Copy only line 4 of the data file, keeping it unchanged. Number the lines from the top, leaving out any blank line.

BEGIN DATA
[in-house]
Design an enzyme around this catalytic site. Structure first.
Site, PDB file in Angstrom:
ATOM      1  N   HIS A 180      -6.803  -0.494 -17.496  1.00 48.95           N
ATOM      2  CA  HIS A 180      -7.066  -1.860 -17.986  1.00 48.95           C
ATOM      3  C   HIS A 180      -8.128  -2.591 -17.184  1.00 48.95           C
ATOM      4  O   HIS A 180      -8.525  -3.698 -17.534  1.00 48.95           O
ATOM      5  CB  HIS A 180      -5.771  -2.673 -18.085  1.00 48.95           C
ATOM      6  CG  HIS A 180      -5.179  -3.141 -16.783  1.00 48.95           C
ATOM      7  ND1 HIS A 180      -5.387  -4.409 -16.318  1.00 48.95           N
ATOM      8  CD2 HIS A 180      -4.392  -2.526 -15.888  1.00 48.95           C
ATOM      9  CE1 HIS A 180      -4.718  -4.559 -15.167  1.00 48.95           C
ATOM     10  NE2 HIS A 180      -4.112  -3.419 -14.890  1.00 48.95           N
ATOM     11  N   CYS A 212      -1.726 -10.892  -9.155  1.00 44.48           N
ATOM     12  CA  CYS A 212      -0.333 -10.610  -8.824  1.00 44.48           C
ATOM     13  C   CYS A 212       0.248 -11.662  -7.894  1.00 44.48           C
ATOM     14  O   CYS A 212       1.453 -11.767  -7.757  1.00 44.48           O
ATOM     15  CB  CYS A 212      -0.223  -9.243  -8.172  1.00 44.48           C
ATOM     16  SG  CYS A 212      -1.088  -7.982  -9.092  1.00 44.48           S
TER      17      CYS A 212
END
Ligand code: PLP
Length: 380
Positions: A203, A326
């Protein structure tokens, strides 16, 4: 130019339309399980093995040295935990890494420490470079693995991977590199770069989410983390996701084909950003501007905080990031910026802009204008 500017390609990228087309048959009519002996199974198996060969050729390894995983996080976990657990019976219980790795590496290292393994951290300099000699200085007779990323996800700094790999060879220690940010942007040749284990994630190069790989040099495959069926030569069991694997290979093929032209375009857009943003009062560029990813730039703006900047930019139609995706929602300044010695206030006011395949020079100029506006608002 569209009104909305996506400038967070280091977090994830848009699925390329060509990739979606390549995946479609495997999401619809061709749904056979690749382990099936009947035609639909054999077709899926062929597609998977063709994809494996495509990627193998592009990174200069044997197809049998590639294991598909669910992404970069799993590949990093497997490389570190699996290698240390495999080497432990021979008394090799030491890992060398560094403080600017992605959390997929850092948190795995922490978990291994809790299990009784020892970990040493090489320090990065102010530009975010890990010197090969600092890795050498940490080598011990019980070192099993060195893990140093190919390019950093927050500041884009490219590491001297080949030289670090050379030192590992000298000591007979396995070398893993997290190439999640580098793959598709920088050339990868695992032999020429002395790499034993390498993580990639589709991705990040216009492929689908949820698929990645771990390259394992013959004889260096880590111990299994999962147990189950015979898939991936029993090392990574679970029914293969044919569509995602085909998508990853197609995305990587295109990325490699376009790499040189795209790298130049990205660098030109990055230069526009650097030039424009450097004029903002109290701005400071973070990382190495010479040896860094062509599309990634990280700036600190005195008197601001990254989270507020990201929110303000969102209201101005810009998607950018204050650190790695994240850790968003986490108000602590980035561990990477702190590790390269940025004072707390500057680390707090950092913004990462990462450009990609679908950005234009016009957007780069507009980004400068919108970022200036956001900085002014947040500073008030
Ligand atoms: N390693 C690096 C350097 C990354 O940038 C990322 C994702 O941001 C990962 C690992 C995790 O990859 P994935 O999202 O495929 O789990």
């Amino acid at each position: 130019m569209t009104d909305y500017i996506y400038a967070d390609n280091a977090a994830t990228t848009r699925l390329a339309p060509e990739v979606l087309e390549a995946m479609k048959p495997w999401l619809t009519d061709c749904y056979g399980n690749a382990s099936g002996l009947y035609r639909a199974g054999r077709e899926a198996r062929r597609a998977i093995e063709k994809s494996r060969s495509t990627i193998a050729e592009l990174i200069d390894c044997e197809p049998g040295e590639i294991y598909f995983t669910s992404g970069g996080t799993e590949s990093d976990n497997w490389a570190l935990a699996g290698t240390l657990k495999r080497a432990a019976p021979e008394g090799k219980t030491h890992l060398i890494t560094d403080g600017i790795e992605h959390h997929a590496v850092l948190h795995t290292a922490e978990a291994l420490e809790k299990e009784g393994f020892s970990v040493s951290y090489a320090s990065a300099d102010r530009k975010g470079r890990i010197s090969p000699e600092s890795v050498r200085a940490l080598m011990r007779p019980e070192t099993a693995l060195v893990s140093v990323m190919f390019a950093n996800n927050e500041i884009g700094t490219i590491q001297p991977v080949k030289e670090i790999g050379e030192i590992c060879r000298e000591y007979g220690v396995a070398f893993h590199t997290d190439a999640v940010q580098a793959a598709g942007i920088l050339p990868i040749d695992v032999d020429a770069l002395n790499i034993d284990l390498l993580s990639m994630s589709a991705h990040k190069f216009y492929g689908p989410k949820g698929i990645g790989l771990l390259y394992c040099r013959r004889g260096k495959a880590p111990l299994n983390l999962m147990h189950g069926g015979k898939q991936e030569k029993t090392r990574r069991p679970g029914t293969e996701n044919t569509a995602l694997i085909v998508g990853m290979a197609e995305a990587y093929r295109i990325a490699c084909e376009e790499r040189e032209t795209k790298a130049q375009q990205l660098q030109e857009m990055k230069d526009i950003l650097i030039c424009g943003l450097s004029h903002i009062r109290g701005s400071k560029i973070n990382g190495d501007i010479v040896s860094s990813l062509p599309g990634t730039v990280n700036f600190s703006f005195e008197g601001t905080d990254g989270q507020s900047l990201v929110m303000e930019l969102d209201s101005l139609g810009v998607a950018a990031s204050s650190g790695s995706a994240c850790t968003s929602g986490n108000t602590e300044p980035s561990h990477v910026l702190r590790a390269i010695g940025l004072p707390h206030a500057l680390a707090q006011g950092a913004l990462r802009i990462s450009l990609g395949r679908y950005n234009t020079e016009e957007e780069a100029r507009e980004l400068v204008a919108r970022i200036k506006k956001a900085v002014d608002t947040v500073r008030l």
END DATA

ATOM      1  N   HIS A 180      -6.803  -0.494 -17.496  1.00 48.95           N